1. It is related, that Solon visited Creesus, king of Lydia, and that, during the interview, the following interesting conversation passed between them. Cresus, after entertaining his guest with great splendor, and making an ostentatious display of the magnificence of his palace, desirous to extort from Solon expressions of admiration which he did not seem inclined to bestow, asked him, whom of all mankind he esteemed most happy? Solon answered: “ Tellus, the Athenian."

2. Crosus, surprised that Solon should name any other man in preference to himself, requested to be informed of the grounds of this judgment. “Tellus," replied Solon," was descended from worthy parents, was the father of virtuous children, whom every one respected, and, at last, fell in an engagement in which, before he expired, he saw his country victorious,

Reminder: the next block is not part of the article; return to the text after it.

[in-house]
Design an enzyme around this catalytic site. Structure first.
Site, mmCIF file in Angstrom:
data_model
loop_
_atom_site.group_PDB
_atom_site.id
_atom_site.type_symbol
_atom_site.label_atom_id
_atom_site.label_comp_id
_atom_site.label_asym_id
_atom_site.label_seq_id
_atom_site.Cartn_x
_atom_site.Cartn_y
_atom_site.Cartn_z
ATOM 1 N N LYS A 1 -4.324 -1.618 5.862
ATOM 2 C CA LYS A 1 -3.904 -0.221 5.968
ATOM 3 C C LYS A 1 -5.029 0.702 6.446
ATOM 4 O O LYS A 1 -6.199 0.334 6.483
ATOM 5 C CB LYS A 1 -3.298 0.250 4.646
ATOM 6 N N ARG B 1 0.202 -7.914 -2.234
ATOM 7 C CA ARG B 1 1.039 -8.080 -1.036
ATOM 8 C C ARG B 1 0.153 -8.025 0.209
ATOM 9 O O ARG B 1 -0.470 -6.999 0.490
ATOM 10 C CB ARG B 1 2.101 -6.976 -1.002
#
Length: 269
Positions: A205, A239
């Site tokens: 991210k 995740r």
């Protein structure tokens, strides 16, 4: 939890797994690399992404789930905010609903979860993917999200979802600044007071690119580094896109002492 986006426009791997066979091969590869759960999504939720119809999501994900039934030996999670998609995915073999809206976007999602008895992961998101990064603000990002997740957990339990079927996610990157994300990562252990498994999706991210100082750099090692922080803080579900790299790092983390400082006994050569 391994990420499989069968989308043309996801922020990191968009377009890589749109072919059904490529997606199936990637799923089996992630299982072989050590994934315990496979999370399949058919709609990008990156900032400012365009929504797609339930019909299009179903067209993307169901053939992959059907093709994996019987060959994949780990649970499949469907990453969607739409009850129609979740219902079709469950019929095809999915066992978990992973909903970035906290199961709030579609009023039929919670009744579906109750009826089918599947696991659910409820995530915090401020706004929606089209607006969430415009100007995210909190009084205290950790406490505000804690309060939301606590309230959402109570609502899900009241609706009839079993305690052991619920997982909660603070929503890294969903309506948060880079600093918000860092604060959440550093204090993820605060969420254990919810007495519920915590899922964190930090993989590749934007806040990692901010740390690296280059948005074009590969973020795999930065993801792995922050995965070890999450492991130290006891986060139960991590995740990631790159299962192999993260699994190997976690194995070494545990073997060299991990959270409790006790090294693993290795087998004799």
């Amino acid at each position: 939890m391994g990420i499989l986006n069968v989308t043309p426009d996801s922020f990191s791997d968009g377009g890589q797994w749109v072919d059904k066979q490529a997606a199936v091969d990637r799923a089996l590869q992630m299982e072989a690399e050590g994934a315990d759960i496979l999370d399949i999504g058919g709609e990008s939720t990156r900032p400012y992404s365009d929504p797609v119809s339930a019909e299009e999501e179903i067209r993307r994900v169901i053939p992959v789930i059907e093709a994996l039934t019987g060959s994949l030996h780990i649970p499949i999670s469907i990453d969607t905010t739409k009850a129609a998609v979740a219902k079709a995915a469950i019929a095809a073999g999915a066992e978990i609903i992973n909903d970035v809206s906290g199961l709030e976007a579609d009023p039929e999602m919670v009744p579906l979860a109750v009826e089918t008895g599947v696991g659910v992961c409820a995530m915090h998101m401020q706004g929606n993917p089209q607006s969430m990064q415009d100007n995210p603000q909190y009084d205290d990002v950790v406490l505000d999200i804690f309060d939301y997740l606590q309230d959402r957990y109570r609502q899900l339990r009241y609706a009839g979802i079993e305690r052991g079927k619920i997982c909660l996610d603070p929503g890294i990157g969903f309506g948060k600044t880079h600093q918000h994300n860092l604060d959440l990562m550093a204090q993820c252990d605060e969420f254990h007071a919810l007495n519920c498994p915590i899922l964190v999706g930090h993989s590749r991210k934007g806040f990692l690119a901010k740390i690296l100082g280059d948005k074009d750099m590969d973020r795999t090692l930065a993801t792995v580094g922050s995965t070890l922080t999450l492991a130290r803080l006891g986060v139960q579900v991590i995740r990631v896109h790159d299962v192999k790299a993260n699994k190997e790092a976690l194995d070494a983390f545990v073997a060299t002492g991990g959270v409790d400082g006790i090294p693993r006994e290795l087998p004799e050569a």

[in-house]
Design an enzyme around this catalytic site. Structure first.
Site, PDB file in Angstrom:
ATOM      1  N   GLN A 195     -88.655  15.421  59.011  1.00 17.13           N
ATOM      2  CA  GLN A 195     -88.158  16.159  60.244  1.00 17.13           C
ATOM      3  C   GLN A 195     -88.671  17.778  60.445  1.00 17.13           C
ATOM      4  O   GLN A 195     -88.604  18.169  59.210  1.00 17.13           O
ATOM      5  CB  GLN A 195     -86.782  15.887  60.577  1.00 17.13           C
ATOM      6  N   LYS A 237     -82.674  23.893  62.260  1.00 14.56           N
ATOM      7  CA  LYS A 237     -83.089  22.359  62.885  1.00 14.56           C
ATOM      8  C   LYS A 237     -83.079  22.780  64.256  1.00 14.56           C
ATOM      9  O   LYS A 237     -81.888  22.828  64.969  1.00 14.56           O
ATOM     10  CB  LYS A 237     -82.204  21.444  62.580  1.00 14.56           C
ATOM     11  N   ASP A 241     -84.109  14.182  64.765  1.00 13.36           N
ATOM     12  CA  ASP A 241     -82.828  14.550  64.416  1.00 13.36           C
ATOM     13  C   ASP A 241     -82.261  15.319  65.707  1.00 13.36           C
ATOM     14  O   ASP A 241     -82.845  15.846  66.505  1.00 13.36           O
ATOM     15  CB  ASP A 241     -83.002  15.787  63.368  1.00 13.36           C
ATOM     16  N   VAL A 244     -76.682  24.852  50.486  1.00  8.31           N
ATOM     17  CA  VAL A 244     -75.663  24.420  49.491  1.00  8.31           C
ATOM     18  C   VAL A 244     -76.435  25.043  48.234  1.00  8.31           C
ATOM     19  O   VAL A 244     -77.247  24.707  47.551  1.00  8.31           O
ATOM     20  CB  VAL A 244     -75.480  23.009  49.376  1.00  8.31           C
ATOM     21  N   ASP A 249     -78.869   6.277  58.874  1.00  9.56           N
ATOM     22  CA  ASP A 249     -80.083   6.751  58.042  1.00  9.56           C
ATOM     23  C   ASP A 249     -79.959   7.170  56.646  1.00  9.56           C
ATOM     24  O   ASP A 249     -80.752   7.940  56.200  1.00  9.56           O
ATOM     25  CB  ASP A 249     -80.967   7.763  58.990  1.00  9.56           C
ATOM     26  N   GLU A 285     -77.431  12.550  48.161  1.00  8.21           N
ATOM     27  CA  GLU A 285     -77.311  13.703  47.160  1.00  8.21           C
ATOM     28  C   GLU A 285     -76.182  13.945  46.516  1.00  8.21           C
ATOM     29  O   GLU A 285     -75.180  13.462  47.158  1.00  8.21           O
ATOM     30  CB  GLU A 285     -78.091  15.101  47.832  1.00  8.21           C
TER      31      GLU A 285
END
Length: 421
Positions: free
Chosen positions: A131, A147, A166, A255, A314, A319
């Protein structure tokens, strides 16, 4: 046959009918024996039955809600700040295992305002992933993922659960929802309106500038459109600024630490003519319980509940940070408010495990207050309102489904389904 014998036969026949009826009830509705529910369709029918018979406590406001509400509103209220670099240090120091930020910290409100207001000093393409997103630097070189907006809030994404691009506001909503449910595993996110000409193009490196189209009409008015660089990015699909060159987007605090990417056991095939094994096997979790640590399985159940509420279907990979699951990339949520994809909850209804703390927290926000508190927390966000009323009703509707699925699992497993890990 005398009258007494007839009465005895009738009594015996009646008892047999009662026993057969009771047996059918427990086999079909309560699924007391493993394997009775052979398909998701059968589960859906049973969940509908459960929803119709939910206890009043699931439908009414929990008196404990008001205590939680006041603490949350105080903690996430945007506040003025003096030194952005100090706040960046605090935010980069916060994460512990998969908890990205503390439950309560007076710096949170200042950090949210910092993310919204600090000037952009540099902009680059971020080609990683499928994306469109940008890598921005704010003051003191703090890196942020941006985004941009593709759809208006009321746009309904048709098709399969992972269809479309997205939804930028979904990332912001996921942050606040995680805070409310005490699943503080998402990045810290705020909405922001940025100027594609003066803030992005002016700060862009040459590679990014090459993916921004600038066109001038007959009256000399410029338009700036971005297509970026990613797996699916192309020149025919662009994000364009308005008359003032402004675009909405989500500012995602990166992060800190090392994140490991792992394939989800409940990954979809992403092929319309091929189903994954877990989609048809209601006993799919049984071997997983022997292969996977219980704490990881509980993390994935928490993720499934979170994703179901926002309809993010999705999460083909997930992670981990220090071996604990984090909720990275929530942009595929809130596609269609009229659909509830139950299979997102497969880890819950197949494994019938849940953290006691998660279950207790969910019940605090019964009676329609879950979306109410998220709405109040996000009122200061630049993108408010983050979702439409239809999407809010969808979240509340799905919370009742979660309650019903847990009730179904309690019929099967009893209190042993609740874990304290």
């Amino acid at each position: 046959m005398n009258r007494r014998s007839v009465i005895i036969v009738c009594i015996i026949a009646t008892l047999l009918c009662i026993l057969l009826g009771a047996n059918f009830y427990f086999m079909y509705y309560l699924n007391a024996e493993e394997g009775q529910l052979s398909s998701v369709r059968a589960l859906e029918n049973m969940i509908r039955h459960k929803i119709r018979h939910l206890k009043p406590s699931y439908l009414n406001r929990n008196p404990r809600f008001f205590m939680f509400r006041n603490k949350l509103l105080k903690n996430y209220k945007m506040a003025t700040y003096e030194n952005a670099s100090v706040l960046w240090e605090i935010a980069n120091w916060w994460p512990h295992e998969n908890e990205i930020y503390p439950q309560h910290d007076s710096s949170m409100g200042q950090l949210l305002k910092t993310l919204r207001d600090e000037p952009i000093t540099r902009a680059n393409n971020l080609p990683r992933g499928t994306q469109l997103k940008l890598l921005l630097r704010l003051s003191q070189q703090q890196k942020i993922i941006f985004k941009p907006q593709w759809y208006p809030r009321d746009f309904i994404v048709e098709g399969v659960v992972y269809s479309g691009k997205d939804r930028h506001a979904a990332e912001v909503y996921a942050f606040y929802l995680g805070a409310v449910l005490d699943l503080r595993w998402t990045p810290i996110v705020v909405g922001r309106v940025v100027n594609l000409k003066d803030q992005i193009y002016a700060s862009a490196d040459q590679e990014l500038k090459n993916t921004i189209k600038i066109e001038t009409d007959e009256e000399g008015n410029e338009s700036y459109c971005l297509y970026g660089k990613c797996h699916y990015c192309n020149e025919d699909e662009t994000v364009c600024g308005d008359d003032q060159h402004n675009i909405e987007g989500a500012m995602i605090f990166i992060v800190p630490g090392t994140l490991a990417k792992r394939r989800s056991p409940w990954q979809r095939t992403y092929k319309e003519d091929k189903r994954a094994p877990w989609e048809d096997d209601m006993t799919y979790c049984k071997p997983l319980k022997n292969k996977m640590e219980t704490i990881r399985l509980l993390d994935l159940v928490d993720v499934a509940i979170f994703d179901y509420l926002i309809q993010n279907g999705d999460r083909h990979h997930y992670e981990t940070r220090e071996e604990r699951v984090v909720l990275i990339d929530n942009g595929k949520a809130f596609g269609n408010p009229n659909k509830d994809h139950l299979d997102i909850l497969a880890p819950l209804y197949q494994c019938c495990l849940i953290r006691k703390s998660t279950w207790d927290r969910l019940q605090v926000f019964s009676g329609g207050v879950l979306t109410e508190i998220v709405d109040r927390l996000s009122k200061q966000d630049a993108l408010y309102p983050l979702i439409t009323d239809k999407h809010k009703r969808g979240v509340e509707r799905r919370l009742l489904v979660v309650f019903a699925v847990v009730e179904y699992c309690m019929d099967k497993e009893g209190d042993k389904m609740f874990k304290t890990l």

3. Croesus, flattering himself that he should at least obtain the second place, in Solon's judgment, among the fortunate, inquired whom, next to Tellus, he thought most happy ? Solon, in return, said, two youths of Argos, Cleobis and Biton, who while they lived were universally admired for their paternal affection to each other, and for their dutiful behavior to their mother; and who, after they had given an illustrious example of filial piety, expired without sorrow or pain.

4. Croesus, mortified to find the condition of a private citizen of Athens or Argos preferred to his own, could no longer refrain from asking Solon, whether he meant wholly to exclude him from the number of the happy ? Solon's reply is a memorable proof of his wisdom : “ The events of a future life are uncertain ; he who has hitherto been prosperous may be unfortunate to-morrow : let no man therefore be pronounced happy before his death.” 5. This observation made so deep an impression upon